It is increasingly clear that a structured approach using artificial intelligence (AI) components operating within a framework of conventional logic will deliver autonomous vehicles (AVs), which have the potential to benefit the world by increasing traffic efficiency, reducing pollution and eliminating up to 90% of traffic accidents. The installation of 5G network systems from 2019 will accelerate the development of AVs and make them quickly becoming a reality in the future. Many governments believe that this will happen with 10 years. However, there are still many challenges. One of them is the safety and reliability issue of autonomous vehicles, which is still in its infancy. There were 124 “disengagement” incidents in a Google driverless car test in 2016. 8% were caused by reckless behaviour of other drivers on the road, whereas the rest were caused by software issues and unwanted behaviour from the vehicle. The test results in 2018 were much better, but autonomous vehicles are still not safe enough for public roads. This demonstrates that AVs are far from achieving full disengagements. The existing AI systems are not yet mature enough to handle the full spectrum of unforeseen circumstances on the road. More research should be done on improving safety and reliability of AVs before AVs become commercialisation.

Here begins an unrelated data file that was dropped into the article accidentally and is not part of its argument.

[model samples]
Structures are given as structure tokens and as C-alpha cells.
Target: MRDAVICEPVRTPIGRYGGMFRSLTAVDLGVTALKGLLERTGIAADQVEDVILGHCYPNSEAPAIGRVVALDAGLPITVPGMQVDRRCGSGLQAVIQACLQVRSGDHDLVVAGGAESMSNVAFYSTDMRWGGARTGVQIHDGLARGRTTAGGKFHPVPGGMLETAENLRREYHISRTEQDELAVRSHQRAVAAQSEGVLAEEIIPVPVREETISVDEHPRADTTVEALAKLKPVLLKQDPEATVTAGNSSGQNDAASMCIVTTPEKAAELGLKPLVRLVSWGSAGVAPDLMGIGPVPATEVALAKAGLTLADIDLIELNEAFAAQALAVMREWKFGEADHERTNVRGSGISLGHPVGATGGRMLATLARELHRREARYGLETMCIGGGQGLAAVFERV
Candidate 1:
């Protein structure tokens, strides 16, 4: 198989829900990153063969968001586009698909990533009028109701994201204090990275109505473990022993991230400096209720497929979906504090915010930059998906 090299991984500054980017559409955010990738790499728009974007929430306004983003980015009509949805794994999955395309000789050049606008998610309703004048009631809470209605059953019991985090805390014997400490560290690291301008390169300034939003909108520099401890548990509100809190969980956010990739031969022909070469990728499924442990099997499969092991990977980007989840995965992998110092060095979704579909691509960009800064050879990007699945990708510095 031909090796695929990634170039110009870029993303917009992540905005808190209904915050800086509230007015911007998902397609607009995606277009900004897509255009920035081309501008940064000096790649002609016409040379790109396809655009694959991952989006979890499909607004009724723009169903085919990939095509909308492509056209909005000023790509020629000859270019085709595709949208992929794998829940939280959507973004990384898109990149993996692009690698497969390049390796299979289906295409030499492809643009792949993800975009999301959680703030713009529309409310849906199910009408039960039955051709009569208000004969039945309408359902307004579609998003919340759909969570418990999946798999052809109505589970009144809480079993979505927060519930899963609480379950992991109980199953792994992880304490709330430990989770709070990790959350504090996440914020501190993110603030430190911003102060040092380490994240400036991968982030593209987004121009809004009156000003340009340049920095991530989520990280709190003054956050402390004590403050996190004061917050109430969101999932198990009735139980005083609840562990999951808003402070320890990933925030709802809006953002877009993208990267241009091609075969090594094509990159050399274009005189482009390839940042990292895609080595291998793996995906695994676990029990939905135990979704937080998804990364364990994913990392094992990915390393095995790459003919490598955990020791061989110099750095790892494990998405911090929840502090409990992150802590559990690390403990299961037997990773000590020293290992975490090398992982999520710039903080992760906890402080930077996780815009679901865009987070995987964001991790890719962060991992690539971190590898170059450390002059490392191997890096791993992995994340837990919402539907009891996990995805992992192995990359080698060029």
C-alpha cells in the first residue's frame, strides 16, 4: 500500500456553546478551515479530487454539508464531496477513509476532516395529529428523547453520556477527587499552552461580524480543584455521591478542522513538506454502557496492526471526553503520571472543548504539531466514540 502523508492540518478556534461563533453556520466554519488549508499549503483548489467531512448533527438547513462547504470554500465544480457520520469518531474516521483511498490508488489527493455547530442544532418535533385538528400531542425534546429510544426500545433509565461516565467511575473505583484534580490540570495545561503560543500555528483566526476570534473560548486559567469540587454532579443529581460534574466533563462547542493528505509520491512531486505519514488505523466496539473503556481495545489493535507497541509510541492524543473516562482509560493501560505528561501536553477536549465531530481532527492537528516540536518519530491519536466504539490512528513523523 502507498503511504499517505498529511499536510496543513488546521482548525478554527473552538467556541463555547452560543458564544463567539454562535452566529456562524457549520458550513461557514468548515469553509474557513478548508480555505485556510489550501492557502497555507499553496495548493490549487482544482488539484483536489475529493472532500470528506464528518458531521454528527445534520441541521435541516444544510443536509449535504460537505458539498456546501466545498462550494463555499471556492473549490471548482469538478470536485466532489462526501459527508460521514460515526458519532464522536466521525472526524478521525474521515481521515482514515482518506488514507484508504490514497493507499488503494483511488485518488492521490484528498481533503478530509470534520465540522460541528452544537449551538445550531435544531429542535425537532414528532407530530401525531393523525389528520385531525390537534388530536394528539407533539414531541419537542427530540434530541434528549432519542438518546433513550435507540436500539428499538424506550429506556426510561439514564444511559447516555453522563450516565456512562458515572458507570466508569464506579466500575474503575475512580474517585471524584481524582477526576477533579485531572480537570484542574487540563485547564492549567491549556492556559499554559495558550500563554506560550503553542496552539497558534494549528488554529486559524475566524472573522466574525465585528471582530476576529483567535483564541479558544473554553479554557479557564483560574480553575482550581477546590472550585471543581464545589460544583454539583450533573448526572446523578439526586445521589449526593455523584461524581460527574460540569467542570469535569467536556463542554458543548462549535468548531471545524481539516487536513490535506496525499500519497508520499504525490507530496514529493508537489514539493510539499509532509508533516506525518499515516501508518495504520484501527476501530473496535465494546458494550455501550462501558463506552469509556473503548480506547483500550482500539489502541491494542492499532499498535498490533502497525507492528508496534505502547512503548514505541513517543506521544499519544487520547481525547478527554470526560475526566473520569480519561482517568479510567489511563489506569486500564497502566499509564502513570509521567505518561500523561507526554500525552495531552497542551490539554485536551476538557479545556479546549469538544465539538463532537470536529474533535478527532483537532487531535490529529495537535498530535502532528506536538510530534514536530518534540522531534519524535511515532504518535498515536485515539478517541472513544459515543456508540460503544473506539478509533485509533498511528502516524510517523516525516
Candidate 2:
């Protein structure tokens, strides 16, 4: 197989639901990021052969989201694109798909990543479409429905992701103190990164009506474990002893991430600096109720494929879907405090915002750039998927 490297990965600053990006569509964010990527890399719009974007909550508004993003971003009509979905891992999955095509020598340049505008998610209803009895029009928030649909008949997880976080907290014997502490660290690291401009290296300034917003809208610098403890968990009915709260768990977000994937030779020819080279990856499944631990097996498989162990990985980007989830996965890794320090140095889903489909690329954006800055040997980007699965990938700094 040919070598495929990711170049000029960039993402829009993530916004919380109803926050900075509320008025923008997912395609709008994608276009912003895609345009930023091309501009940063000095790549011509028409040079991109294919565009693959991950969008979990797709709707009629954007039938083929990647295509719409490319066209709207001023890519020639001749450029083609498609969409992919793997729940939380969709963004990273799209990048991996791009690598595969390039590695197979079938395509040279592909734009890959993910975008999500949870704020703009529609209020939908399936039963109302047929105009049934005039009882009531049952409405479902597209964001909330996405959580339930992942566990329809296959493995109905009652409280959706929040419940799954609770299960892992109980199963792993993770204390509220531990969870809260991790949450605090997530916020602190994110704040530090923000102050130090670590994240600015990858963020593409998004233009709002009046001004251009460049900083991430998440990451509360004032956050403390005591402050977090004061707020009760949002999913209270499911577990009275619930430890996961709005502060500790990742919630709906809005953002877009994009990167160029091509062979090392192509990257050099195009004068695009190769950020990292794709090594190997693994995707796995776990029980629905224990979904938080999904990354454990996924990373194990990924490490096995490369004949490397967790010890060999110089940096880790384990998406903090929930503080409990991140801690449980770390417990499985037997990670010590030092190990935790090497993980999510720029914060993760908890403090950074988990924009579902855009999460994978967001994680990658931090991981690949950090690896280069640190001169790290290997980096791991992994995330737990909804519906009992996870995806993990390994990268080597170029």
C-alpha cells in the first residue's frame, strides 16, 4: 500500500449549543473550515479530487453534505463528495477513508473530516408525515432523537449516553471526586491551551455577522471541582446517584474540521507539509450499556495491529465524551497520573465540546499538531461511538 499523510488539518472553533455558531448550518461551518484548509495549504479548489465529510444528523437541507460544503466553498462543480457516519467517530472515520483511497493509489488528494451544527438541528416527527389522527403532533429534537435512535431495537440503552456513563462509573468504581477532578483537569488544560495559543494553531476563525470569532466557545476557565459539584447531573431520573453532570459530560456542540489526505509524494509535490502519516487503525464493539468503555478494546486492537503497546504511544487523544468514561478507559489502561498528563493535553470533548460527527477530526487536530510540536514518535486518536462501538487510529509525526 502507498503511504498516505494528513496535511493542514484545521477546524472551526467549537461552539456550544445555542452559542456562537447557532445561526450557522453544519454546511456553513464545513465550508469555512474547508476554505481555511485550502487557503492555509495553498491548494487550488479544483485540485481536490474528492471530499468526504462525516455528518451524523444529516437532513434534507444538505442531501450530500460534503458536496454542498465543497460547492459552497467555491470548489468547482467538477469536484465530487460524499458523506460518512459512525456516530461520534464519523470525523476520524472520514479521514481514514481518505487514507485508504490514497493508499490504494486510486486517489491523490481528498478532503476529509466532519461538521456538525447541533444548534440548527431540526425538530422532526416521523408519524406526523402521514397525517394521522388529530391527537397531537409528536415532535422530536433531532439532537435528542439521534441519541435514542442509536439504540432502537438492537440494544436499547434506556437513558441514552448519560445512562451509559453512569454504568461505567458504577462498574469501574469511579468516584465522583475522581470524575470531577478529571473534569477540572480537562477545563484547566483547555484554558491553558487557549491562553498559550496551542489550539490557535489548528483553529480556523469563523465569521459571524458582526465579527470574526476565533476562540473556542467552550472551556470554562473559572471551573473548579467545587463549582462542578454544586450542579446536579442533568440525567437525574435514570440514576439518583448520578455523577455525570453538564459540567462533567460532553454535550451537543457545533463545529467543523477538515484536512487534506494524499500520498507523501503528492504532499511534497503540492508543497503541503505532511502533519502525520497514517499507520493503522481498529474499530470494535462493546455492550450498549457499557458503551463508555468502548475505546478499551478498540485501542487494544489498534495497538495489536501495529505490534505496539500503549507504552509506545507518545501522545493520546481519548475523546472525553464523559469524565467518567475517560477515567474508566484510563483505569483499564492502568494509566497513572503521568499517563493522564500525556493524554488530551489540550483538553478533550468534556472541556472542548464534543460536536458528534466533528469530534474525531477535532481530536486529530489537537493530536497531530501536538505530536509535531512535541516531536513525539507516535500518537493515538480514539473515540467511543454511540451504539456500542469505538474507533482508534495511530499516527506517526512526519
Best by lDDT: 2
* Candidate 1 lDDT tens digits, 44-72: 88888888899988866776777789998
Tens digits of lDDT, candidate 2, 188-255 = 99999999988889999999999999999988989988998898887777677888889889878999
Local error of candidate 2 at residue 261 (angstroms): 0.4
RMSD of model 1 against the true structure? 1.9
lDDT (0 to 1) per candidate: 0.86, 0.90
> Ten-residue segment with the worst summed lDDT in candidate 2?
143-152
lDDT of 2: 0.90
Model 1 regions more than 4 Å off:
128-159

This project aims to investigate and apply effective techniques and software (such as Artificial Intelligence, Optimisation and Reliability Methods) to improve the safety and reliability of autonomous vehicles.
The research topics could be one of the following research (not limited):
· Safety and Reliability. To study the factors of safety and reliability on autonomous vehicles and propose related simulation models.
· Object Detection. To develop more accuracy and efficiency of object detections. Artificial intelligence will be applied to model situation awareness around AVs.
· Optimisation. To develop fast decision-making system, including path planning.
· Data processing. To develop fast data processing algorithms for data collected from sensors.
· Large scale of optimisation of connected vehicles.
This research will be carried out in the Automotive Research Centre
The appointed PhD candidate is expected to have:
· A strong and solid background in computer science, optimisation or reliability.
· Good oral and written communication skills.
· The ability to work collaboratively as part of a team.
This is an open call for candidates who are sponsored or who have their own funding. If you do not have funding, you may still apply, however Institutional funding is not guaranteed.